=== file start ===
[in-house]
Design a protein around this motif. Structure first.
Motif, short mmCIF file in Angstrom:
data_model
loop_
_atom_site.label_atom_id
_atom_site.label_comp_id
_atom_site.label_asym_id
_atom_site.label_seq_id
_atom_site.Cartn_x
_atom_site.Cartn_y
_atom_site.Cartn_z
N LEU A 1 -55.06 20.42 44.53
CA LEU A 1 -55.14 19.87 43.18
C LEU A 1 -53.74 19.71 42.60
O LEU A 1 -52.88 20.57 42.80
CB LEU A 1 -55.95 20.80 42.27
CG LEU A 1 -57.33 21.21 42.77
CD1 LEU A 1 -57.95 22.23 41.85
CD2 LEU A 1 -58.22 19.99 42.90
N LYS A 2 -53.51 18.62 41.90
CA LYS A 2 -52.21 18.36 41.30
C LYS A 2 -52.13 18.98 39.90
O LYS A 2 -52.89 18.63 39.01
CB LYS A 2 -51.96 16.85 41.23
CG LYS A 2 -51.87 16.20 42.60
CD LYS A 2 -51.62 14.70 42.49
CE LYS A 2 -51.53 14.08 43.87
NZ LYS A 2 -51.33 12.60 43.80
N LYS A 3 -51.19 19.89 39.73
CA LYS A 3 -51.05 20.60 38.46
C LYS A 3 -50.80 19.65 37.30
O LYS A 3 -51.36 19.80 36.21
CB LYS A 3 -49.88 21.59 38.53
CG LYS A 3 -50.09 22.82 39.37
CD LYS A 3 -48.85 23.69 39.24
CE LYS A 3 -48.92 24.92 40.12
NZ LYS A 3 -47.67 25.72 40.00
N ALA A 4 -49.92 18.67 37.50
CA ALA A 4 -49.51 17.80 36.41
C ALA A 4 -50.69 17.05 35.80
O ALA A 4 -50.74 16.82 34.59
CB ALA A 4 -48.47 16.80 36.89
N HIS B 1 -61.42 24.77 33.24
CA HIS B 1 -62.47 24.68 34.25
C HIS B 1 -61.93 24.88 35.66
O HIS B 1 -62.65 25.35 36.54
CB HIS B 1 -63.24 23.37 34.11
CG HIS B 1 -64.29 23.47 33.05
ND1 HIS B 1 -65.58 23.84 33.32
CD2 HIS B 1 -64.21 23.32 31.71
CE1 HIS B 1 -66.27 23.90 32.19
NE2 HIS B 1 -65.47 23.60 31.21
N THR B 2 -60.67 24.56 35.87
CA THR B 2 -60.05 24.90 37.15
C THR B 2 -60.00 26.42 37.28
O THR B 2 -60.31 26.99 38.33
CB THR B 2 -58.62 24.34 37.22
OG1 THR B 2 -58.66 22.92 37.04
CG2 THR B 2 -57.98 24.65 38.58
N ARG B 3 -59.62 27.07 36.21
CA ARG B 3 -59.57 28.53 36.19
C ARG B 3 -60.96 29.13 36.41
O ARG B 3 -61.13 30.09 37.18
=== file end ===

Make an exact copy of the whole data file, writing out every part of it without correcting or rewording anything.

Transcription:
[in-house]
Design a protein around this motif. Structure first.
Motif, short mmCIF file in Angstrom:
data_model
loop_
_atom_site.label_atom_id
_atom_site.label_comp_id
_atom_site.label_asym_id
_atom_site.label_seq_id
_atom_site.Cartn_x
_atom_site.Cartn_y
_atom_site.Cartn_z
N LEU A 1 -55.06 20.42 44.53
CA LEU A 1 -55.14 19.87 43.18
C LEU A 1 -53.74 19.71 42.60
O LEU A 1 -52.88 20.57 42.80
CB LEU A 1 -55.95 20.80 42.27
CG LEU A 1 -57.33 21.21 42.77
CD1 LEU A 1 -57.95 22.23 41.85
CD2 LEU A 1 -58.22 19.99 42.90
N LYS A 2 -53.51 18.62 41.90
CA LYS A 2 -52.21 18.36 41.30
C LYS A 2 -52.13 18.98 39.90
O LYS A 2 -52.89 18.63 39.01
CB LYS A 2 -51.96 16.85 41.23
CG LYS A 2 -51.87 16.20 42.60
CD LYS A 2 -51.62 14.70 42.49
CE LYS A 2 -51.53 14.08 43.87
NZ LYS A 2 -51.33 12.60 43.80
N LYS A 3 -51.19 19.89 39.73
CA LYS A 3 -51.05 20.60 38.46
C LYS A 3 -50.80 19.65 37.30
O LYS A 3 -51.36 19.80 36.21
CB LYS A 3 -49.88 21.59 38.53
CG LYS A 3 -50.09 22.82 39.37
CD LYS A 3 -48.85 23.69 39.24
CE LYS A 3 -48.92 24.92 40.12
NZ LYS A 3 -47.67 25.72 40.00
N ALA A 4 -49.92 18.67 37.50
CA ALA A 4 -49.51 17.80 36.41
C ALA A 4 -50.69 17.05 35.80
O ALA A 4 -50.74 16.82 34.59
CB ALA A 4 -48.47 16.80 36.89
N HIS B 1 -61.42 24.77 33.24
CA HIS B 1 -62.47 24.68 34.25
C HIS B 1 -61.93 24.88 35.66
O HIS B 1 -62.65 25.35 36.54
CB HIS B 1 -63.24 23.37 34.11
CG HIS B 1 -64.29 23.47 33.05
ND1 HIS B 1 -65.58 23.84 33.32
CD2 HIS B 1 -64.21 23.32 31.71
CE1 HIS B 1 -66.27 23.90 32.19
NE2 HIS B 1 -65.47 23.60 31.21
N THR B 2 -60.67 24.56 35.87
CA THR B 2 -60.05 24.90 37.15
C THR B 2 -60.00 26.42 37.28
O THR B 2 -60.31 26.99 38.33
CB THR B 2 -58.62 24.34 37.22
OG1 THR B 2 -58.66 22.92 37.04
CG2 THR B 2 -57.98 24.65 38.58
N ARG B 3 -59.62 27.07 36.21
CA ARG B 3 -59.57 28.53 36.19
C ARG B 3 -60.96 29.13 36.41
O ARG B 3 -61.13 30.09 37.18